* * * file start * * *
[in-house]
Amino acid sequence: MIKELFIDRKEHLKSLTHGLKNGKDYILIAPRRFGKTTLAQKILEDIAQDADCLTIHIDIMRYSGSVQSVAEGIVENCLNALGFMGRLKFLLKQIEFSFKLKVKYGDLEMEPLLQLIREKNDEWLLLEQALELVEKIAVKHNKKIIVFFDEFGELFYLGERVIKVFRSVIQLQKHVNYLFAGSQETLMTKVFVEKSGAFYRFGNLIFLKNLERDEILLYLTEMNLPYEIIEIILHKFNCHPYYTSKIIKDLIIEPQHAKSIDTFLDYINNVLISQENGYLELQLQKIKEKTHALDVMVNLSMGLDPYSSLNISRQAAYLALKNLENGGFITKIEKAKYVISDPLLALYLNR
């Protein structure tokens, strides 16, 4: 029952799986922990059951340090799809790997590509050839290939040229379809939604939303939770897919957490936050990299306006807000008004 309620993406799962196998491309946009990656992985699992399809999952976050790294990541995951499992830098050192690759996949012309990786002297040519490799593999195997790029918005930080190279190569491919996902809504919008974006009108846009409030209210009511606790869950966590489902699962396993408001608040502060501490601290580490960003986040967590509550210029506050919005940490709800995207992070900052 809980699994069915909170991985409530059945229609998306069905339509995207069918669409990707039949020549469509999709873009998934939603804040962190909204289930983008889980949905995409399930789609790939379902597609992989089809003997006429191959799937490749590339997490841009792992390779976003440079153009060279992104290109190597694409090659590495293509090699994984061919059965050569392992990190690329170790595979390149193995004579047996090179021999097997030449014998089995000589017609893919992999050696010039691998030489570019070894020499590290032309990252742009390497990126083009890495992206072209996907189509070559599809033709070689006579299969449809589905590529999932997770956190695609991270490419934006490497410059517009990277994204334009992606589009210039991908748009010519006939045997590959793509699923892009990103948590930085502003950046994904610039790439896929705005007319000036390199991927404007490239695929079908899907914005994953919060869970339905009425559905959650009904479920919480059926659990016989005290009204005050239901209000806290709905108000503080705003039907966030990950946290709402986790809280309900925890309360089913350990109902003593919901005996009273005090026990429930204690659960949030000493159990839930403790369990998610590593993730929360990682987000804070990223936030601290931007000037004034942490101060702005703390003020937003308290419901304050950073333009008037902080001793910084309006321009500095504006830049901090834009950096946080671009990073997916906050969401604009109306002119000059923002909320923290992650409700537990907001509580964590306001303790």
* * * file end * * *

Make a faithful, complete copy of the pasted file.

[in-house]
Amino acid sequence: MIKELFIDRKEHLKSLTHGLKNGKDYILIAPRRFGKTTLAQKILEDIAQDADCLTIHIDIMRYSGSVQSVAEGIVENCLNALGFMGRLKFLLKQIEFSFKLKVKYGDLEMEPLLQLIREKNDEWLLLEQALELVEKIAVKHNKKIIVFFDEFGELFYLGERVIKVFRSVIQLQKHVNYLFAGSQETLMTKVFVEKSGAFYRFGNLIFLKNLERDEILLYLTEMNLPYEIIEIILHKFNCHPYYTSKIIKDLIIEPQHAKSIDTFLDYINNVLISQENGYLELQLQKIKEKTHALDVMVNLSMGLDPYSSLNISRQAAYLALKNLENGGFITKIEKAKYVISDPLLALYLNR
């Protein structure tokens, strides 16, 4: 029952799986922990059951340090799809790997590509050839290939040229379809939604939303939770897919957490936050990299306006807000008004 309620993406799962196998491309946009990656992985699992399809999952976050790294990541995951499992830098050192690759996949012309990786002297040519490799593999195997790029918005930080190279190569491919996902809504919008974006009108846009409030209210009511606790869950966590489902699962396993408001608040502060501490601290580490960003986040967590509550210029506050919005940490709800995207992070900052 809980699994069915909170991985409530059945229609998306069905339509995207069918669409990707039949020549469509999709873009998934939603804040962190909204289930983008889980949905995409399930789609790939379902597609992989089809003997006429191959799937490749590339997490841009792992390779976003440079153009060279992104290109190597694409090659590495293509090699994984061919059965050569392992990190690329170790595979390149193995004579047996090179021999097997030449014998089995000589017609893919992999050696010039691998030489570019070894020499590290032309990252742009390497990126083009890495992206072209996907189509070559599809033709070689006579299969449809589905590529999932997770956190695609991270490419934006490497410059517009990277994204334009992606589009210039991908748009010519006939045997590959793509699923892009990103948590930085502003950046994904610039790439896929705005007319000036390199991927404007490239695929079908899907914005994953919060869970339905009425559905959650009904479920919480059926659990016989005290009204005050239901209000806290709905108000503080705003039907966030990950946290709402986790809280309900925890309360089913350990109902003593919901005996009273005090026990429930204690659960949030000493159990839930403790369990998610590593993730929360990682987000804070990223936030601290931007000037004034942490101060702005703390003020937003308290419901304050950073333009008037902080001793910084309006321009500095504006830049901090834009950096946080671009990073997916906050969401604009109306002119000059923002909320923290992650409700537990907001509580964590306001303790």